Classification of narcotic ligands

A) Narcotic agonists:

I. Natural Alkaloids of Opium

• Phenanthrenes: morphine, codeine, thebaine

• Benzylisoquinolines: papaverine, noscapine

II. Semi-synthetic Derivatives

• Diacetylmorphine (heroin), hydromorphone, oxymorphone hydrocodone, oxycodone

III. Synthetic Derivatives

• Phenylpiperidines: pethidine, fentanyl, alfentanyl, sufentnyl

• Benzmorphans: pentazocine, phenazocine, cyclazocine

• Propionanilides: methadone

• Morphinans: levorphanol

B) Mixed agonist-antagonist drugs (eg, nalbuphine, pentazocine) have agonist activity at some receptors and antagonist activity at other receptors; also included are the partial agonists (eg, butorphanol, buprenorphine).

C) Narcotic antagonists: Narcotic antagonists (eg, naloxone) do not have agonist activity at any of the opioid receptor sites. Antagonists block the opiate receptor, inhibit pharmacological activity of the agonist, and precipitate withdrawal in dependent patients.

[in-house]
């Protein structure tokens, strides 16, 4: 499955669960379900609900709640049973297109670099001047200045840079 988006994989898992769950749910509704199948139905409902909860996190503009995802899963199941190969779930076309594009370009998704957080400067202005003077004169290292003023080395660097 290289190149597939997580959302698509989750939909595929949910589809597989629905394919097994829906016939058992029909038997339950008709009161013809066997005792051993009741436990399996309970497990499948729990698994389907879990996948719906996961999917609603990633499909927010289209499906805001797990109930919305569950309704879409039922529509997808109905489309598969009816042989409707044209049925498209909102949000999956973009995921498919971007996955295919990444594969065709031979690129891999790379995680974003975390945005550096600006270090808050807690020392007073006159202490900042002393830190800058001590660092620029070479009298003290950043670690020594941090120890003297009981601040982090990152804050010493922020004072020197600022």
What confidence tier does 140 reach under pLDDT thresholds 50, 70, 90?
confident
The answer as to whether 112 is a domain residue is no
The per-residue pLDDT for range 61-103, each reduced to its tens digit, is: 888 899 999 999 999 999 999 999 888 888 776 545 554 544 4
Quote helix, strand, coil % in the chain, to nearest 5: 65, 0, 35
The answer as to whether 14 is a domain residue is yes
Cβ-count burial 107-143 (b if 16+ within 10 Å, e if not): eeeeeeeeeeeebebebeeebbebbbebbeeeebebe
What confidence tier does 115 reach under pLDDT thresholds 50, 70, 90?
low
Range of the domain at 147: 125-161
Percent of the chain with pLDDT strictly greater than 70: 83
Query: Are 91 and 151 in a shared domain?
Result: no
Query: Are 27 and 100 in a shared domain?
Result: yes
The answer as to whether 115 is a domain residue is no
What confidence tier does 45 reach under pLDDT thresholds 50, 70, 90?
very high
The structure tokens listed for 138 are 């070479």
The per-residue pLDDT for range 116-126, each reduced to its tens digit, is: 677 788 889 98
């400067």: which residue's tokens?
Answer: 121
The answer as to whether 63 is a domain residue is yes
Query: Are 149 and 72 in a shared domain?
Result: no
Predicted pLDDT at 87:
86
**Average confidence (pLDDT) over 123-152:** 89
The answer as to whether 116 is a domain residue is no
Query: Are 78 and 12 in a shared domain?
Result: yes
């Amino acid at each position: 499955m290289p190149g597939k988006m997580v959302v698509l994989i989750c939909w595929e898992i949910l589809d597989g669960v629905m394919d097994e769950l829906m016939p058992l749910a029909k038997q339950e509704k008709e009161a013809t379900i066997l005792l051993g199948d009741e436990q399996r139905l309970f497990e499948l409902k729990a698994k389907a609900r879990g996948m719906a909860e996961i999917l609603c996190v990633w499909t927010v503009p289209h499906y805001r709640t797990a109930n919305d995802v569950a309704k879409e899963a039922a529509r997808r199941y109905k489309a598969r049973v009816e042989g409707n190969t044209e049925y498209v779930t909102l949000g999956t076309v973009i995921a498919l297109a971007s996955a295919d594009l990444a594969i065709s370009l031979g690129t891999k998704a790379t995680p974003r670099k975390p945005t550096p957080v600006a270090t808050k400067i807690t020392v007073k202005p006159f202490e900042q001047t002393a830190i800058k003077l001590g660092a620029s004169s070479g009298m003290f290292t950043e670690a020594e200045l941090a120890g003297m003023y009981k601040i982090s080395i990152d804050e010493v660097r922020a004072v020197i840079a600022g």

The narcotic analgesics are usually classified on the basis of their basic chemical structures as discussed below along with a few classical examples from each category.

Morphine Sulphate BAN, Morphine Sulfate USAN.

Morphine Sulphate

• Obtained from unriped capsule of papaver somniferum

• Odourless, laevorotatory, white needle like crystals - bitter taste

• It is employed extensively as an analgesic, antitussive, adjunct to anaesthesia and nonspecific antidiarrheal agent.

• In small doses it helps to alleviate continued dull pain, whereas in large doses to relieve acute pain of traumatic or visceral origin



• Levorotatory, colourless & efflorescent crystals

• Not used as narcotic analgesic- has slight analgesic effect

• Used in the treatment of cough